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Human Development & Family Studies at SUNY Plattsburgh

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Human Development & Family Studies at SUNY Plattsburgh

What traits are you looking for in a human development school? To help you decide if SUNY Plattsburgh is right for you, we've gathered the following information about the school's human development program.

SUNY Plattsburgh is located in Plattsburgh, New York and approximately 5,109 students attend the school each year. In the 2020-2021 academic year, 25 students received a bachelor's degree in human development from SUNY Plattsburgh.

Want to know more about the career opportunities in this field? Check out the Careers in Human Development & Family Studies section at the bottom of this page.

SUNY Plattsburgh Human Development & Family Studies Degrees Available

  • Bachelor’s Degree in Human Development

SUNY Plattsburgh Human Development & Family Studies Rankings

The following rankings from College Factual show how the human development progam at SUNY Plattsburgh compares to programs at other colleges and universities.

Note: Although rankings can help you see some information about a school, it's not a good idea to depend on them alone. Be sure to check out other things about the school before making your decision to attend.

Bachelor’s Degree Overall Quality & Other Notable Rankings

The human development major at SUNY Plattsburgh is not ranked on College Factual’s Best Colleges and Universities for Human Development & Family Studies. This could be for a number of reasons, such as not having enough data on the major or school to make an accurate assessment of its quality.

Ranking Type Rank
Most Popular Child Development & Family Studies Bachelor’s Degree Schools 117
Most Focused Child Development & Family Studies Schools 480

How Much Do Human Development Graduates from SUNY Plattsburgh Make?

The median salary of human development students who receive their bachelor's degree at SUNY Plattsburgh is $29,215. This is less than $29,494, which is the national average of all human development majors in the nation who earn bachelor's degrees.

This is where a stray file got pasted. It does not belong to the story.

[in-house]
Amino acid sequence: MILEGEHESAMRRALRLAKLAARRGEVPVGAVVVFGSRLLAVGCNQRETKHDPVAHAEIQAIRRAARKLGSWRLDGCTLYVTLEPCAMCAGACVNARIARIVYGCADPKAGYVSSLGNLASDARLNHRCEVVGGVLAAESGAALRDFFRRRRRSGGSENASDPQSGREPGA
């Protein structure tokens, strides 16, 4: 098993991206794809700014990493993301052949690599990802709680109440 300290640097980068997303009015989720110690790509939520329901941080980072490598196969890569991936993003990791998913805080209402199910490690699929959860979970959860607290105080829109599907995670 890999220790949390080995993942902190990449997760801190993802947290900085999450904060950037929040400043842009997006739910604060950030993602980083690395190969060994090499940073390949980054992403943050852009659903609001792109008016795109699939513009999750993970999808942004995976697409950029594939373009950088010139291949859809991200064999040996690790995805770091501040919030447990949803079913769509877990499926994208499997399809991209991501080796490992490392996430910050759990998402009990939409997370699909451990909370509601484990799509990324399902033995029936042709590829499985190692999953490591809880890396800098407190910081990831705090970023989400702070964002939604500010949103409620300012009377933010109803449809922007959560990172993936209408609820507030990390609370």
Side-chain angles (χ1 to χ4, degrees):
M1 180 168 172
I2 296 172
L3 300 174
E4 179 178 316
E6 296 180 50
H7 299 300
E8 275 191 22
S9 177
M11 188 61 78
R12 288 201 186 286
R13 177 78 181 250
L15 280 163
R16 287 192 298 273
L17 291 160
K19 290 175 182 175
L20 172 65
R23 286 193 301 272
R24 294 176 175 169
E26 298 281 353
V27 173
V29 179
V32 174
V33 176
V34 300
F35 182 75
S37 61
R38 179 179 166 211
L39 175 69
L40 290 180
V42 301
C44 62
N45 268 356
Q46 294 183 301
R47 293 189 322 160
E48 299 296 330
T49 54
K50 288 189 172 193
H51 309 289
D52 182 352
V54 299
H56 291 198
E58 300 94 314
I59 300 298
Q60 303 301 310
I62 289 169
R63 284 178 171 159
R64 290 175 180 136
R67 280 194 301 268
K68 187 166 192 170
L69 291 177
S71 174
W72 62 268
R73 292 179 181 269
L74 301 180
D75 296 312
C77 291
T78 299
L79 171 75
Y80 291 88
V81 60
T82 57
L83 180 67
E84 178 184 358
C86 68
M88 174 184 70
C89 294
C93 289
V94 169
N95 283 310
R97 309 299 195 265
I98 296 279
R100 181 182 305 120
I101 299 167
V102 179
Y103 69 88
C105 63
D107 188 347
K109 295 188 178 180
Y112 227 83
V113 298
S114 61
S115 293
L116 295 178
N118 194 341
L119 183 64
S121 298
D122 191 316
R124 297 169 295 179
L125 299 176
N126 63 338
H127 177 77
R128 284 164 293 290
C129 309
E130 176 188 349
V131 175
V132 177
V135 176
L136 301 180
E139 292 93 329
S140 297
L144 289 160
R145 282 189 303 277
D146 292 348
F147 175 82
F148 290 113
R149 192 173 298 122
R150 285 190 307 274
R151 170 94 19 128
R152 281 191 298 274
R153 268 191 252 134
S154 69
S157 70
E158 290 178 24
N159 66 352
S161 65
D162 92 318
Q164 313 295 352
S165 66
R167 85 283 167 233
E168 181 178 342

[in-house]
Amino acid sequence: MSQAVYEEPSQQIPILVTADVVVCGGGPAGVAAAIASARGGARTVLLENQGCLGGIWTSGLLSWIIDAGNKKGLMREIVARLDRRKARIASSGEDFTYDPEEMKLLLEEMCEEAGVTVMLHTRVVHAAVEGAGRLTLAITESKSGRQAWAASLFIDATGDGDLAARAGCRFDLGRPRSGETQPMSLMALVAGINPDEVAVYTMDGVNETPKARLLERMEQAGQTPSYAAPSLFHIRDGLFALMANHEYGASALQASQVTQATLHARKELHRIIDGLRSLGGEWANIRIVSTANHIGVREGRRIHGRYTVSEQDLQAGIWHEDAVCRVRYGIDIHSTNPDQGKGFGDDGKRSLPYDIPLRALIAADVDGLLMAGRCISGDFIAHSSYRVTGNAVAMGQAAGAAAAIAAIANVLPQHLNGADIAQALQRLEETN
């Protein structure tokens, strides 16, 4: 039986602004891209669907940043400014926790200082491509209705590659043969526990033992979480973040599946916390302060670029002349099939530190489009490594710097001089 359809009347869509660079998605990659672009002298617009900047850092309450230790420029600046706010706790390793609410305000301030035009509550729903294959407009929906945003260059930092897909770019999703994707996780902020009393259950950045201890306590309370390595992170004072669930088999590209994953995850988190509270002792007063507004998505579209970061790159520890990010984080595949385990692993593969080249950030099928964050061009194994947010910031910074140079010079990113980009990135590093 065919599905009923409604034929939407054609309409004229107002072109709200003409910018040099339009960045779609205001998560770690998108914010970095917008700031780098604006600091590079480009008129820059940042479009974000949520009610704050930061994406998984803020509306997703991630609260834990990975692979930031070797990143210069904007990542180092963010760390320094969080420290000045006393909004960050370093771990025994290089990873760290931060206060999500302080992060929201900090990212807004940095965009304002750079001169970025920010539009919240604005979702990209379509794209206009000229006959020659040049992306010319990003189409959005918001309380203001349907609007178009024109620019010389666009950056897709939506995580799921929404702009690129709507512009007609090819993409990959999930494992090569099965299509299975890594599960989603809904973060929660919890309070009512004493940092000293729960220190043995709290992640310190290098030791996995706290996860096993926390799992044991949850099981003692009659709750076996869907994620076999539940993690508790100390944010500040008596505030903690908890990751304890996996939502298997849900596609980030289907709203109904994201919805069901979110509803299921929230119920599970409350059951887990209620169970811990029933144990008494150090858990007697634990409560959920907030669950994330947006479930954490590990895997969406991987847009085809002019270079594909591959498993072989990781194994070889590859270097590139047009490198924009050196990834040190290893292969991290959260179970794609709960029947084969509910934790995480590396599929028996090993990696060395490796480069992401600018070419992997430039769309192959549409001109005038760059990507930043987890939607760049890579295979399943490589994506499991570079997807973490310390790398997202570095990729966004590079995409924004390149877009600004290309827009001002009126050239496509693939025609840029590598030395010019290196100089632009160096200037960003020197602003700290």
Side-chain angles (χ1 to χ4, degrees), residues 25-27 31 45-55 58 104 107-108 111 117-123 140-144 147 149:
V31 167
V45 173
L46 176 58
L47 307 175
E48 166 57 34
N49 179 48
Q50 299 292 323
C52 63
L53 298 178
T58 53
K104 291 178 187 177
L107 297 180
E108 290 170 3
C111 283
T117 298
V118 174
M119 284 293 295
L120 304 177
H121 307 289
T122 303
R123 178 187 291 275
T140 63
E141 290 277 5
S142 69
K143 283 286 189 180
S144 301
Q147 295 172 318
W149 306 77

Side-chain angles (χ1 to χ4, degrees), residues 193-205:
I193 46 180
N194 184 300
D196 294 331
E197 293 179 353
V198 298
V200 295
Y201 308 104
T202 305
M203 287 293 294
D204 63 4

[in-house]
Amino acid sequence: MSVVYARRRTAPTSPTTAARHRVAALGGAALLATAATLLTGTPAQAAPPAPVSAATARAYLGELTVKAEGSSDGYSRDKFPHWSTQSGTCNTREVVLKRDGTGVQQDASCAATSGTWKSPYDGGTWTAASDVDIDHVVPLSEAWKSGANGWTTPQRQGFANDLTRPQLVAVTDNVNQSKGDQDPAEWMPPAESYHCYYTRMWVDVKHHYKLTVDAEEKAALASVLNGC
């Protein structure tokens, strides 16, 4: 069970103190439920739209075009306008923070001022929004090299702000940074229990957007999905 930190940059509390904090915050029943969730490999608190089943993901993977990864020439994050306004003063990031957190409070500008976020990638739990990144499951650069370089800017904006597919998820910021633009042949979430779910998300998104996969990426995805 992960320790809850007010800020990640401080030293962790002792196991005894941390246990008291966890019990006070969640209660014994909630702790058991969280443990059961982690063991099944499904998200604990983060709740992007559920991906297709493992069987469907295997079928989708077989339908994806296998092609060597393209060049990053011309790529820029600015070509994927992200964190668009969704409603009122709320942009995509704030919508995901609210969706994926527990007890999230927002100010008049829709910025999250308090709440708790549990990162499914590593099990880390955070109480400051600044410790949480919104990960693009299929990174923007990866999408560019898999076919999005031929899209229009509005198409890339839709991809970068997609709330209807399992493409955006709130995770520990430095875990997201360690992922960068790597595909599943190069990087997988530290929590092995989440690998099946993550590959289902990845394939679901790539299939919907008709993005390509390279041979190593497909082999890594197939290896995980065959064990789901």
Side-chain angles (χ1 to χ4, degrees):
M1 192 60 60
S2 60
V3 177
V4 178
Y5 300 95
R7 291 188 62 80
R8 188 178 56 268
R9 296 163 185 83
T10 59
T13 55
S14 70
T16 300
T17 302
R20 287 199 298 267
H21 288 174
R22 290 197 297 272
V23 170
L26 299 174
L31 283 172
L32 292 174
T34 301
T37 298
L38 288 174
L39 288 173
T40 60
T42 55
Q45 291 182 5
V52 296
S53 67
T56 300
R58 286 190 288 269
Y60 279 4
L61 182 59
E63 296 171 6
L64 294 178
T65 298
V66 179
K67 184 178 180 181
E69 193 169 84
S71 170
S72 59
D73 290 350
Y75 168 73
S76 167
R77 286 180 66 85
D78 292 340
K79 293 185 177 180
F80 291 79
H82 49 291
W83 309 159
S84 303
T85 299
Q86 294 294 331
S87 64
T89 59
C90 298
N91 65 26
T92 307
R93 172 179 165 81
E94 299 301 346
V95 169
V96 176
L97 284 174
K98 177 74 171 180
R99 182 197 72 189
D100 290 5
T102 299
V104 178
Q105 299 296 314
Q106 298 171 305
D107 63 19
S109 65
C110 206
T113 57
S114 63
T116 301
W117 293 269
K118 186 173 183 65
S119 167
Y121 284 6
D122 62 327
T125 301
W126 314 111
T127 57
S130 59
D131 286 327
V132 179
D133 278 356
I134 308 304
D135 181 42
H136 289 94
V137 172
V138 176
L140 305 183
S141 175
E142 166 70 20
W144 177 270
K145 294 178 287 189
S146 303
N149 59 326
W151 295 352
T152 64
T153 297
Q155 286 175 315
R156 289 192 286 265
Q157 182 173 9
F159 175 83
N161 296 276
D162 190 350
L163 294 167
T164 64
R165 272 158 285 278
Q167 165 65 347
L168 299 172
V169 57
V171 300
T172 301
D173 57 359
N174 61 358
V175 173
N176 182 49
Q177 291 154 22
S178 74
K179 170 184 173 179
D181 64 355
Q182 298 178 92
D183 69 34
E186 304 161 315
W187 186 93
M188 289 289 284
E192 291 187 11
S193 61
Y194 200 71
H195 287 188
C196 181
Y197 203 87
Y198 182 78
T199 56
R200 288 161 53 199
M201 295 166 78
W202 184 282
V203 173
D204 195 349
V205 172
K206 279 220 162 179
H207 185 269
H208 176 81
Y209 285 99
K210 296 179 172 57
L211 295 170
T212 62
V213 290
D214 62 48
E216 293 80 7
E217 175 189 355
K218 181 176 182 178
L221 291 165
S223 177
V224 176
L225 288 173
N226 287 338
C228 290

Human Development Student Demographics at SUNY Plattsburgh

Take a look at the following statistics related to the make-up of the human development majors at SUNY Plattsburgh.

SUNY Plattsburgh Human Development & Family Studies Bachelor’s Program

92% Women
20% Racial-Ethnic Minorities*
During the 2020-2021 academic year, 25 human development majors earned their bachelor's degree from SUNY Plattsburgh. Of these graduates, 8% were men and 92% were women. The typical human development bachelor's degree program is made up of only 5% men. So male students are more repesented at SUNY Plattsburgh since its program graduates 3% more men than average.


About 80% of those who receive a bachelor's degree in human development at SUNY Plattsburgh are white. This is above average for this degree on the nationwide level.

The following table and chart show the race/ethnicity for students who recently graduated from SUNY Plattsburgh with a bachelor's in human development.

Race/Ethnicity Number of Students
Asian 0
Black or African American 3
Hispanic or Latino 2
White 20
International Students 0
Other Races/Ethnicities 0

SUNY Plattsburgh also has a doctoral program available in human development. In 2021, 0 student graduated with a doctor's degree in this field.

Careers That Human Development Grads May Go Into

A degree in human development can lead to the following careers. Since job numbers and average salaries can vary by geographic location, we have only included the numbers for NY, the home state for SUNY Plattsburgh.

Occupation Jobs in NY Average Salary in NY
Childcare Workers 47,260 $28,820
Social and Human Service Assistants 37,340 $37,180
Preschool Teachers 30,790 $48,630
Community and Social Service Specialists 15,510 $56,110
Farm and Home Management Advisors 70 $45,250


*The racial-ethnic minorities count is calculated by taking the total number of students and subtracting white students, international students, and students whose race/ethnicity was unknown. This number is then divided by the total number of students at the school to obtain the racial-ethnic minorities percentage.

More about our data sources and methodologies.

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